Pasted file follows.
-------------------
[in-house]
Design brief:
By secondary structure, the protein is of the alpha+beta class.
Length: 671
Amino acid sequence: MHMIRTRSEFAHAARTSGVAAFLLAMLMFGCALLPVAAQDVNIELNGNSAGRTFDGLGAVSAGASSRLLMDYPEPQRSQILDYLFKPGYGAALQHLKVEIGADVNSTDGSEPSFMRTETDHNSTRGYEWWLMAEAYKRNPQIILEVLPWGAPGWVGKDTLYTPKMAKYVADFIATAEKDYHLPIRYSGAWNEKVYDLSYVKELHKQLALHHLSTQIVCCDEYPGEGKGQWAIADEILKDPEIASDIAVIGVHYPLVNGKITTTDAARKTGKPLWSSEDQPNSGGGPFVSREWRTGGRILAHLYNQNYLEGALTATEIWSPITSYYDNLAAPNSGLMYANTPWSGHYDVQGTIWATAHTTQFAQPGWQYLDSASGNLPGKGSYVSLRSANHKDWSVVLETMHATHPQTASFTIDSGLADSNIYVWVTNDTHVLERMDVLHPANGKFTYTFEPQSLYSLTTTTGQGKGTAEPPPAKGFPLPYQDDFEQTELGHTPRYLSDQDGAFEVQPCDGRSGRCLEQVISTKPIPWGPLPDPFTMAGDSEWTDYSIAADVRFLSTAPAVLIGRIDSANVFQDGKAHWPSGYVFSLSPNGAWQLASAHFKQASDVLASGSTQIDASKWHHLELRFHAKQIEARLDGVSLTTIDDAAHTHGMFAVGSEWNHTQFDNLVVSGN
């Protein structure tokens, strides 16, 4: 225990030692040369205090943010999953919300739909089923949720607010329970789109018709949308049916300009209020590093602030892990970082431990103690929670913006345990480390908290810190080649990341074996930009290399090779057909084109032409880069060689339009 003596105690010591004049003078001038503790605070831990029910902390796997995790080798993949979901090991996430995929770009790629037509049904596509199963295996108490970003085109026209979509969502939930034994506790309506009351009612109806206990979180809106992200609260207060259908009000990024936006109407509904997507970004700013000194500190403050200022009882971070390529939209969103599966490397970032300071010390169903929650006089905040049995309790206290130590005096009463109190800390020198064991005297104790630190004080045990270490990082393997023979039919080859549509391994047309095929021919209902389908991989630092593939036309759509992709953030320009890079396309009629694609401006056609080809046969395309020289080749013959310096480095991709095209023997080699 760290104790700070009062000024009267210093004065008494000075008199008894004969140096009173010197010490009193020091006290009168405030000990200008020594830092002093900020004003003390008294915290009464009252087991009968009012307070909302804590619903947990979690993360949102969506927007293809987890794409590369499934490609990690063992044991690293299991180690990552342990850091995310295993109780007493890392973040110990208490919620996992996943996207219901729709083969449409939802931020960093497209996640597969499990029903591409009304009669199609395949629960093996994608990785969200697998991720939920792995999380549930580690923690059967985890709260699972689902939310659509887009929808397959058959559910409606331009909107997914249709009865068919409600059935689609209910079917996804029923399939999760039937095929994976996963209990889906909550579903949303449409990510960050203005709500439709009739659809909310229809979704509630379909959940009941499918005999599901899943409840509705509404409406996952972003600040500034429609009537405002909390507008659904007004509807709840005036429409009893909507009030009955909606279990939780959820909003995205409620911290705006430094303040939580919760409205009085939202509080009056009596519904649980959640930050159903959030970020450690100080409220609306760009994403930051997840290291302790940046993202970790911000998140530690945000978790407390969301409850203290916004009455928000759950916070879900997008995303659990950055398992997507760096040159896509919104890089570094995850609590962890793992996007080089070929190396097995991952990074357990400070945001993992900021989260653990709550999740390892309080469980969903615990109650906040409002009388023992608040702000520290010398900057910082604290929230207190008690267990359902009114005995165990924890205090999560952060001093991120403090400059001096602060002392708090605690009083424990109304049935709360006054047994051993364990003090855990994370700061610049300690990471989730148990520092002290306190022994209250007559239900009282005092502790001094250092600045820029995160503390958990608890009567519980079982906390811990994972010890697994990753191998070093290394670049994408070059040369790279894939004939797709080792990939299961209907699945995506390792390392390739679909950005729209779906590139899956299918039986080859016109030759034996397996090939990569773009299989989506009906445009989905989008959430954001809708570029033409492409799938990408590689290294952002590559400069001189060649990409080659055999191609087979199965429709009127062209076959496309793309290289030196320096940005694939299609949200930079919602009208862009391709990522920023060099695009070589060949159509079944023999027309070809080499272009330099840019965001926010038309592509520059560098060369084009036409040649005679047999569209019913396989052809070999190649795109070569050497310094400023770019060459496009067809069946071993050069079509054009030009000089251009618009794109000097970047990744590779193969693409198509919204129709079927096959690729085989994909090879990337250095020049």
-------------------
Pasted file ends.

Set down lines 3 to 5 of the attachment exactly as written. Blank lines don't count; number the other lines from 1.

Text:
By secondary structure, the protein is of the alpha+beta class.
Length: 671
Amino acid sequence: MHMIRTRSEFAHAARTSGVAAFLLAMLMFGCALLPVAAQDVNIELNGNSAGRTFDGLGAVSAGASSRLLMDYPEPQRSQILDYLFKPGYGAALQHLKVEIGADVNSTDGSEPSFMRTETDHNSTRGYEWWLMAEAYKRNPQIILEVLPWGAPGWVGKDTLYTPKMAKYVADFIATAEKDYHLPIRYSGAWNEKVYDLSYVKELHKQLALHHLSTQIVCCDEYPGEGKGQWAIADEILKDPEIASDIAVIGVHYPLVNGKITTTDAARKTGKPLWSSEDQPNSGGGPFVSREWRTGGRILAHLYNQNYLEGALTATEIWSPITSYYDNLAAPNSGLMYANTPWSGHYDVQGTIWATAHTTQFAQPGWQYLDSASGNLPGKGSYVSLRSANHKDWSVVLETMHATHPQTASFTIDSGLADSNIYVWVTNDTHVLERMDVLHPANGKFTYTFEPQSLYSLTTTTGQGKGTAEPPPAKGFPLPYQDDFEQTELGHTPRYLSDQDGAFEVQPCDGRSGRCLEQVISTKPIPWGPLPDPFTMAGDSEWTDYSIAADVRFLSTAPAVLIGRIDSANVFQDGKAHWPSGYVFSLSPNGAWQLASAHFKQASDVLASGSTQIDASKWHHLELRFHAKQIEARLDGVSLTTIDDAAHTHGMFAVGSEWNHTQFDNLVVSGN